Falling Short? Grow With Grace

You’ve sinned and the weight of it feels heavy. Shame tells you to turn away from God. You’ve gone too far. Or, it says that you need to try harder; to perform more for Christ in order to win His approval. Shame breeds shame. The more you try to perform for Jesus, the harder you push, the more you’ll see how you fall short. But shame tells you to keep going. That’s all you think you can do. But is that right? How do you break the cycle of shame and get right with God?

We began to explore Peter’s story last week. He was a zealous follower of Jesus, and said he was even willing to die for Jesus, if necessary. The more you explore Peter’s time with Jesus though, the more you’ll notice how many times he messed up. He was one of the closest disciples to Jesus. How would that be possible?

Jesus warned Peter he was going to deny Him because Satan had asked to sift Peter like wheat (Luke 22:31). Peter knew it was coming. Jesus even said He had been praying for Peter about it. He also told him, he would sin, then offered His grace and assignment for when Peter repented.

Wouldn’t it be nice if you knew when the enemy was about to strike? Do you think it would be easier to resist him?

The thing is, you have been warned.

“Dear friends, don’t be surprised when the fiery ordeal comes among you to test you, as if something unusual were happening to you. Instead, rejoice as you share in the sufferings of Christ, so that you may also rejoice with great joy when his glory is revealed.”  1 Peter 4:12-13 (underline added)

Why did Peter sin, even though he had been warned? Maybe it was because he only one warning and a bunch of stuff happened in between? No, Jesus warned him again in the Garden of Gethsemane when He was troubled and praying to His Father. He had asked Peter, James, and John to stay awake and pray with Him. Then, when He returned to them, He saw they were all sleeping. He specifically approached Peter and said,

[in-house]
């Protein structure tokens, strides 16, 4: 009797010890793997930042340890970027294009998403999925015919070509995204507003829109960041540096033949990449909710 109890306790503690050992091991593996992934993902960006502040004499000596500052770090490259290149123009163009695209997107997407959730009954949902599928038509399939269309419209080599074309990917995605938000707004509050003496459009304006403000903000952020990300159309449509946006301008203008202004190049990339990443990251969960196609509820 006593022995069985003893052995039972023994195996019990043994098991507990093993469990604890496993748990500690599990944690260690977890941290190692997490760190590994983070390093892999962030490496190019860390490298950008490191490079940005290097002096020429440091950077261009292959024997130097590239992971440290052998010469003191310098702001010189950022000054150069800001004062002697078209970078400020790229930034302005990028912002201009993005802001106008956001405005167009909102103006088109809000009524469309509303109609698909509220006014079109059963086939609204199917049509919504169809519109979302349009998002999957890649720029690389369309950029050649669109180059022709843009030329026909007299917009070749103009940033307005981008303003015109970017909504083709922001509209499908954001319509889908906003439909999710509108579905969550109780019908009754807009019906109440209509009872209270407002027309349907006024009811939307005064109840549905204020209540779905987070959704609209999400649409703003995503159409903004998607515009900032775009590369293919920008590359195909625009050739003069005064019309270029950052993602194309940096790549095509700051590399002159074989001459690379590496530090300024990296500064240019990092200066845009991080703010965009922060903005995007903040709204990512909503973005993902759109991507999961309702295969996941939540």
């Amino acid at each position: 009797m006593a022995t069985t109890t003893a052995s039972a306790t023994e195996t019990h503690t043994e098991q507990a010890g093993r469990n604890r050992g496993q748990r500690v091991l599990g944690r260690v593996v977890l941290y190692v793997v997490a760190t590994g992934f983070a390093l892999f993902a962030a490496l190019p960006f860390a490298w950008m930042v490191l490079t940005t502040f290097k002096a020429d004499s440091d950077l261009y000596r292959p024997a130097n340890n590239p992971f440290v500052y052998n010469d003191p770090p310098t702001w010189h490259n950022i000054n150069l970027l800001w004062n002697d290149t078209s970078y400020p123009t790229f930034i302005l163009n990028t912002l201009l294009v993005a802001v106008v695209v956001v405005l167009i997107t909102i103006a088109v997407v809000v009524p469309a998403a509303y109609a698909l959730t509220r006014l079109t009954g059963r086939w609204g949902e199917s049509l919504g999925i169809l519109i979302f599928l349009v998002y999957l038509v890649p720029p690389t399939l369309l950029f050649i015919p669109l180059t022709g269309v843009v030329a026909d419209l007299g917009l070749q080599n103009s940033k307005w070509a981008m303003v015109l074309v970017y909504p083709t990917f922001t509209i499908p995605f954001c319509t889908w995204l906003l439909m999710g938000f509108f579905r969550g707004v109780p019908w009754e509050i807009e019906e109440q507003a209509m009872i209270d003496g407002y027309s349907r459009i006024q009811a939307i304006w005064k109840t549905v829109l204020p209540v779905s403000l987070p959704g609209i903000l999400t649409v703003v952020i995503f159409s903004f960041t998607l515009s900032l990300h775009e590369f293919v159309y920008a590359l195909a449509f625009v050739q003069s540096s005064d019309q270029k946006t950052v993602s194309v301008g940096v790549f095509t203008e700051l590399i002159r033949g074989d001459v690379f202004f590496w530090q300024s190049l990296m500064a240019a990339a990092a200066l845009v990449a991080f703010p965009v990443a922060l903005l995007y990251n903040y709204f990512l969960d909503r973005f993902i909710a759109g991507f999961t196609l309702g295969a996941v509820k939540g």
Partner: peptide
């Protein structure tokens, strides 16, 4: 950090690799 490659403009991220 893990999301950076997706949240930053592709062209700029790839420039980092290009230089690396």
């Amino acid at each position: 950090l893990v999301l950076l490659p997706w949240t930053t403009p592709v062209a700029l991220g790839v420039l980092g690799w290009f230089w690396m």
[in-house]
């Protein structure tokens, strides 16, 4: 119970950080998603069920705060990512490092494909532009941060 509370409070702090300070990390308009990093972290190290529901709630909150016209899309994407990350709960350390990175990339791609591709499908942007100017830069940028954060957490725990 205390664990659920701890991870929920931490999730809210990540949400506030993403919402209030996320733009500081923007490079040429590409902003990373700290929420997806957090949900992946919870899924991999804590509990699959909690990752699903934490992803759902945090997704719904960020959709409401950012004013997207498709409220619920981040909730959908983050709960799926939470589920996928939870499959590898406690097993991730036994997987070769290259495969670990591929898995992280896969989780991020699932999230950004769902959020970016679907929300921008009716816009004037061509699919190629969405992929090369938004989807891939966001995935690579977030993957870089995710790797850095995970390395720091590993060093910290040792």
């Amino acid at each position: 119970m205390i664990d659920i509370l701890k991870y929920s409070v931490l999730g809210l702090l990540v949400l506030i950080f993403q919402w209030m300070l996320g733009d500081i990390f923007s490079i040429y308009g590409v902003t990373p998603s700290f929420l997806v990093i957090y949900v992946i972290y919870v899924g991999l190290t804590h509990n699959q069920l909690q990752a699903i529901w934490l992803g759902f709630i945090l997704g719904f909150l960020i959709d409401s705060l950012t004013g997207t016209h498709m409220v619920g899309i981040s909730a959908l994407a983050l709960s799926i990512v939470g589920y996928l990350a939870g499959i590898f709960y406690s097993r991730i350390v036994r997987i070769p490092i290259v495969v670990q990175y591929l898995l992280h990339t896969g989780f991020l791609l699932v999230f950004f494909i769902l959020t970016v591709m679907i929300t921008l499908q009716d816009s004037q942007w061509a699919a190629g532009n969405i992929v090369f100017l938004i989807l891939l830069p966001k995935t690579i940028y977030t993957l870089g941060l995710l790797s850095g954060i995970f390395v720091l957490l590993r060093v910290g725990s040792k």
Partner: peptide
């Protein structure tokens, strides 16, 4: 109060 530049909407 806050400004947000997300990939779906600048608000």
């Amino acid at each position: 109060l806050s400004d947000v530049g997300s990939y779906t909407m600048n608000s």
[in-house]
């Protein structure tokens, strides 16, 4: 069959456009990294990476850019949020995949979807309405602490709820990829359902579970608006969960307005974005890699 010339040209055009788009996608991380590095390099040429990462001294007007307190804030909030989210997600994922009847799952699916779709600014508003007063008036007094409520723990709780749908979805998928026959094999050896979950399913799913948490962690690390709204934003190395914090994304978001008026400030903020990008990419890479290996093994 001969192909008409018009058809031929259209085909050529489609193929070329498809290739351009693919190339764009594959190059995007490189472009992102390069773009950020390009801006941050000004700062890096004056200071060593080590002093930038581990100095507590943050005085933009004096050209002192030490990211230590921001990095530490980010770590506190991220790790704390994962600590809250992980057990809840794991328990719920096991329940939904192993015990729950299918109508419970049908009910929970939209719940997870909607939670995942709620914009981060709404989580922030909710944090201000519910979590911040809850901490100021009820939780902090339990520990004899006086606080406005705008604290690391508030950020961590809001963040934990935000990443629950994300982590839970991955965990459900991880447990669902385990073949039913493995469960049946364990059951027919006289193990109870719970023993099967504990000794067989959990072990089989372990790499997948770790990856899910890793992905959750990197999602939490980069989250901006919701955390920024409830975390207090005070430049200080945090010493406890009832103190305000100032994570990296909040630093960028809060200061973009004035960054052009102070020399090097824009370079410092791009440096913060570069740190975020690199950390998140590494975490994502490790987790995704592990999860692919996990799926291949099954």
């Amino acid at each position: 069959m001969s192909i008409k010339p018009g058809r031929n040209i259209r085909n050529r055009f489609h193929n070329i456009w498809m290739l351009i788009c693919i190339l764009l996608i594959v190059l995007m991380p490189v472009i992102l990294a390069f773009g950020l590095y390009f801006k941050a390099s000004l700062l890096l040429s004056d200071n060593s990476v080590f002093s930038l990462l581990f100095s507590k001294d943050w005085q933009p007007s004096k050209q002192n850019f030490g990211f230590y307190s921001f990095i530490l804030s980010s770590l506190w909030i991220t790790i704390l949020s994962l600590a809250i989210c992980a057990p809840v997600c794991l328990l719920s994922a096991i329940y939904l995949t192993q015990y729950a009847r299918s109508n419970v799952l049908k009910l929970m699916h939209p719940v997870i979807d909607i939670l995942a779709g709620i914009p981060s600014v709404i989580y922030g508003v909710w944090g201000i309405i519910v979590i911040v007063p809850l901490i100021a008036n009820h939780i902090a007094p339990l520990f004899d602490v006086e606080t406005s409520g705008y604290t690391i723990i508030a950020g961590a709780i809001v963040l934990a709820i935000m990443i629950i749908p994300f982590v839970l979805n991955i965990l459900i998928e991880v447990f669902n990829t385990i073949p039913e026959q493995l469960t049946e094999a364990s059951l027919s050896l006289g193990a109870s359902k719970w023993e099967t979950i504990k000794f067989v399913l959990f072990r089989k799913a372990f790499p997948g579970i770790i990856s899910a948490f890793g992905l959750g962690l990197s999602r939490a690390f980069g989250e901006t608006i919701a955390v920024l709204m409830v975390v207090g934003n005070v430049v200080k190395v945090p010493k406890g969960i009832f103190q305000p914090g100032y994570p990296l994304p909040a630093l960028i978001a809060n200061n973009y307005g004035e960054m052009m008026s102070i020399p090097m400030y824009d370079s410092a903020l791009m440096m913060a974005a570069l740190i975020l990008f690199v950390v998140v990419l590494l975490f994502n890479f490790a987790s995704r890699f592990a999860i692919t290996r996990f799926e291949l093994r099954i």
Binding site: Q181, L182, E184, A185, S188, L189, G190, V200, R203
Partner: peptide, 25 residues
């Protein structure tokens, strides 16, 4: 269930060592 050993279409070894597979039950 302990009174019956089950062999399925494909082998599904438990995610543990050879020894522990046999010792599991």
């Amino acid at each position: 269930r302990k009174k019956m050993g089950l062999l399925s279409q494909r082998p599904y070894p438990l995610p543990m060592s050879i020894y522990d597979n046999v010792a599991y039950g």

“So, couldn’t you stay awake with me one hour? Stay awake and pray, so that you won’t enter into temptation. The spirit is willing, but the flesh is weak.”” Matthew 26:40-41

But Peter couldn’t manage to keep his eyes open. It was late in the night and he had enjoyed a Passover meal before they went to pray.

Peter hadn’t fully understood the spiritual battle before him. He could see the anger of the religious leaders towards Jesus, but didn’t understand that they were puppets being played by the real enemy. He knew Jesus was the Son of God, but hadn’t fully comprehended or believed that Jesus was about to be crucified and die. So, when he was warned of the temptation about to come, he was ignorant to the depths of it.

“Now Peter was sitting outside in the courtyard. A servant girl approached him and said, ‘You were with Jesus the Galilean too.’

But he denied it in front of everyone: ‘I don’t know what you’re talking about.’

When he had gone out to the gateway, another woman saw him and told those who were there, ‘This man was with Jesus the Nazarene!’

And again he denied it with an oath: ‘I don’t know the man!’

After a little while those standing there approached and said to Peter, ‘You really are one of them, since even your accent gives you away.’

Then he started to curse and to swear with an oath, ‘I don’t know the man!’ Immediately a rooster crowed,and Peter remembered the words Jesus had spoken, ‘Before the rooster crows, you will deny me three times.’ And he went outside and wept bitterly.” Matthew 26:69-75